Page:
Every culture has myths and legends about their native lands. Before we understood the geological forces that forced up great ranges of mountains or sculpted barren deserts, humans needed an explanation for the scale and majesty of natural phenomena. Stories of deities inhabiting volcanoes, or angry gods shaking the very ground upon which people lived, helped people make sense of disasters when tectonic forces were unimagined. Since the advent of the scientific method, and secularised science, such tales are often forgotten when we look at a landscape; why resort to a story when the facts say otherwise?
In some cases, it’s true that such stories don’t offer geologists much factual evidence about how the landscape formed. Even beautiful stories about features like the Devil’s Tower, in Wyoming, USA; the ancestral tale tells of people pursued by a giant bear; once they had reached the top of the peak, the bear could not reach them, but the scratch marks on the sides were testament to its attempts. Today, we know these are classic examples of columnar jointing. Although we might enjoy the story, it definitely doesn’t tie to the more modern understanding!
But there are some instances where we should perhaps pay more attention to myths, and particularly in the context of geology and sustainable development. While the tangible evidence of geological processes are often visible at a grand scale, it’s also true that the signals or proxies we look for to understand these processes can be very scarce. Trace fossils, or small shifts in element abundances, for example; we should take advantage of every shred of evidence we can find. As a result, some scientists have been turning to ancestral stories – in particular those about catastrophic events – for information.
Researchers have found tantalising clues about past events in mythical tales, and it seems often there is no smoke without fire. Amongst other studies, geologists have found evidence of volcanism in previously thought-dormant Pacific Volcanoes from local accounts, and evidence of giant floods in China, partly linked to tales of Emperor Yu 4000 years ago. The cultural memory of such giant catastrophes is etched into the myths told there; it seems that using these stories could help us better establish the timing and recurrence of natural disasters, allowing for improved risk analysis and development in tune with natural events.
There’s another, perhaps even more important aspect of geological myths to bear in mind for sustainable development. It’s increasingly well understood that the best approaches taken to encourage development, economic or otherwise, will differ across the world, driven by cultural differences. Development anthropologists could point to studies (e.g. see here) indicating that the definition of quality of life varies widely to suggest that a local approach would be the most sensible in approaching development, rather than assuming a standard ‘western’ approach would work everywhere.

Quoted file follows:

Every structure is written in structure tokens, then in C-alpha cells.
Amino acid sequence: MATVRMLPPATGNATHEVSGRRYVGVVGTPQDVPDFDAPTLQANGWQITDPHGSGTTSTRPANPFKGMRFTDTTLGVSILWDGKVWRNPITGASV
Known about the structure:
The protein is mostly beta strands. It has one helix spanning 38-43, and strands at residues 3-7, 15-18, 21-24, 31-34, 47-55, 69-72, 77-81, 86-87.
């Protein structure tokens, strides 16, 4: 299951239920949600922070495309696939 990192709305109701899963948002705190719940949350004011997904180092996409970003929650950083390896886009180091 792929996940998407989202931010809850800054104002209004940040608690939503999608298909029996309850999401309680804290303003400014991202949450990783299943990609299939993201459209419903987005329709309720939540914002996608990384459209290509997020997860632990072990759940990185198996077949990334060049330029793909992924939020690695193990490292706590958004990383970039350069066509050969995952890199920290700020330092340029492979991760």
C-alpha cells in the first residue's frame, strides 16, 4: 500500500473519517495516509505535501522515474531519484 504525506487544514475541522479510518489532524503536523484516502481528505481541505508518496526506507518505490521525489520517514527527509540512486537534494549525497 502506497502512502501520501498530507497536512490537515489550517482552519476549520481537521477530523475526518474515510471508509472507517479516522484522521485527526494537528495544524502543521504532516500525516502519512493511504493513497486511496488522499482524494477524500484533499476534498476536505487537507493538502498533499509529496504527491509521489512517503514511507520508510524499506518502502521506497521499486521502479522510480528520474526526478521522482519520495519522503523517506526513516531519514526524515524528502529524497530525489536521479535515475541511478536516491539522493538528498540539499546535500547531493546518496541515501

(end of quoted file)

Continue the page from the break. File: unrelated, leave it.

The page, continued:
The relationship of people to their landscape is, for the same reasons, an important variable to consider when discussing development. For example, Mt Machapuchare in Nepal is of special significance to Hindus, and as such is off-limits to climbers (and indeed has never been summitted). It is not the only mountain steeped in myth in the Himalayas, and as such, it would be a mistake to assume that the burgeoning tourist industry could operate freely on every mountain. Similarly, the recent decision to ban tourists from climbing Uluru in Australia may not make economic sense, but consideration of cultural associations clearly is more important.
Some of these cases may seem isolated. But every culture has its own unique relationship with land, which is to some degree (big or small) influenced by myth and legend. Applying the same development strategy in each setting is misguided – and to me it seems this is particularly true for the modern concept of treating the landscape as a commodity to be exploited for profit. Indigenous peoples (in Canada, for example) have treated the land they depend on in a highly sustainable fashion, informed by their cultural memory of fables and myth. We may not be able to return to such a state of living in the modern era, but if we want to build a more sustainable economy and change our current ‘business as usual’ model, it would be fitting to look to those cultures that have achieved a sustainable fashion of living – and particularly fitting to ask ourselves what about their cultural memory encouraged them to live that way.
Robert Emberson is a science writer, currently based in Victoria, Canada. He can be contacted via Twitter (@RobertEmberson) or via his website (www.robertemberson.com).